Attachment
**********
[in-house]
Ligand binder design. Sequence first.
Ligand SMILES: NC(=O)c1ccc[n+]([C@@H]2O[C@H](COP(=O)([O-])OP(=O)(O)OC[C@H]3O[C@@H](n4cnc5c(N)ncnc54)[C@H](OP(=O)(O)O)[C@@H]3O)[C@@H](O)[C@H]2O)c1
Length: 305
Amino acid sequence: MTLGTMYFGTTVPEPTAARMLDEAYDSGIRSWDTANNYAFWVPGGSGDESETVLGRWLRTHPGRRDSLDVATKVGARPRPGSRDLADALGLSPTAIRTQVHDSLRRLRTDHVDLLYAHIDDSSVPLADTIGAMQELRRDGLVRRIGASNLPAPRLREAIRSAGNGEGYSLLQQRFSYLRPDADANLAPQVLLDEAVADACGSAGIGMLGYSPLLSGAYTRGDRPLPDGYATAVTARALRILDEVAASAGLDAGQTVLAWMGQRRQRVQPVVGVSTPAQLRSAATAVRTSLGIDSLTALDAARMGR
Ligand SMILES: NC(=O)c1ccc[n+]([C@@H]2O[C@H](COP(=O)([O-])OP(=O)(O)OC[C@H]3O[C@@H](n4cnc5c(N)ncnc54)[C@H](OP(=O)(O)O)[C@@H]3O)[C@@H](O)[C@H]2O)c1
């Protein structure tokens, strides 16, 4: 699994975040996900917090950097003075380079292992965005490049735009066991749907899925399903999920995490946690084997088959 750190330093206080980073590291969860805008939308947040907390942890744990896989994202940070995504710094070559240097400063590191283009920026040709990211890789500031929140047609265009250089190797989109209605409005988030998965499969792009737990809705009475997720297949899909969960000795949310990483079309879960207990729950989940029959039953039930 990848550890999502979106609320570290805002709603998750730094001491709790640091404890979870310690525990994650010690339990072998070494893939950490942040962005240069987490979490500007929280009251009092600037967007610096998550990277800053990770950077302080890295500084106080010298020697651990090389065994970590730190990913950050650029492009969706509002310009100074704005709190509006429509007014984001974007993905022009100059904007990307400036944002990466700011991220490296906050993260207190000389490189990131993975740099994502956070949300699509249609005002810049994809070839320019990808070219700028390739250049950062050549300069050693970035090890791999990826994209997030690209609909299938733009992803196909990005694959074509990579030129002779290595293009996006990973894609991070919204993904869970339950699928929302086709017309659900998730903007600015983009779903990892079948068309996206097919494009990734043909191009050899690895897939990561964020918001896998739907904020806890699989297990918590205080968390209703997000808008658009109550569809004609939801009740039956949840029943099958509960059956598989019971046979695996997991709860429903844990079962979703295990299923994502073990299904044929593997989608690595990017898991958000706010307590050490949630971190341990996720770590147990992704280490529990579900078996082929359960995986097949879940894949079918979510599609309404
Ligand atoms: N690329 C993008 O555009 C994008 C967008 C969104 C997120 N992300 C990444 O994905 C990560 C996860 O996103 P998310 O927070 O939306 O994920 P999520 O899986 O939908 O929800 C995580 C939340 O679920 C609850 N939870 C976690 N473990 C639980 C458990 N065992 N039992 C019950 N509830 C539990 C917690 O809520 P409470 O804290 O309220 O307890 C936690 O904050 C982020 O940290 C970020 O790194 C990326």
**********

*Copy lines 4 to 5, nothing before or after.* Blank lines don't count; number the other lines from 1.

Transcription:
Length: 305
Amino acid sequence: MTLGTMYFGTTVPEPTAARMLDEAYDSGIRSWDTANNYAFWVPGGSGDESETVLGRWLRTHPGRRDSLDVATKVGARPRPGSRDLADALGLSPTAIRTQVHDSLRRLRTDHVDLLYAHIDDSSVPLADTIGAMQELRRDGLVRRIGASNLPAPRLREAIRSAGNGEGYSLLQQRFSYLRPDADANLAPQVLLDEAVADACGSAGIGMLGYSPLLSGAYTRGDRPLPDGYATAVTARALRILDEVAASAGLDAGQTVLAWMGQRRQRVQPVVGVSTPAQLRSAATAVRTSLGIDSLTALDAARMGR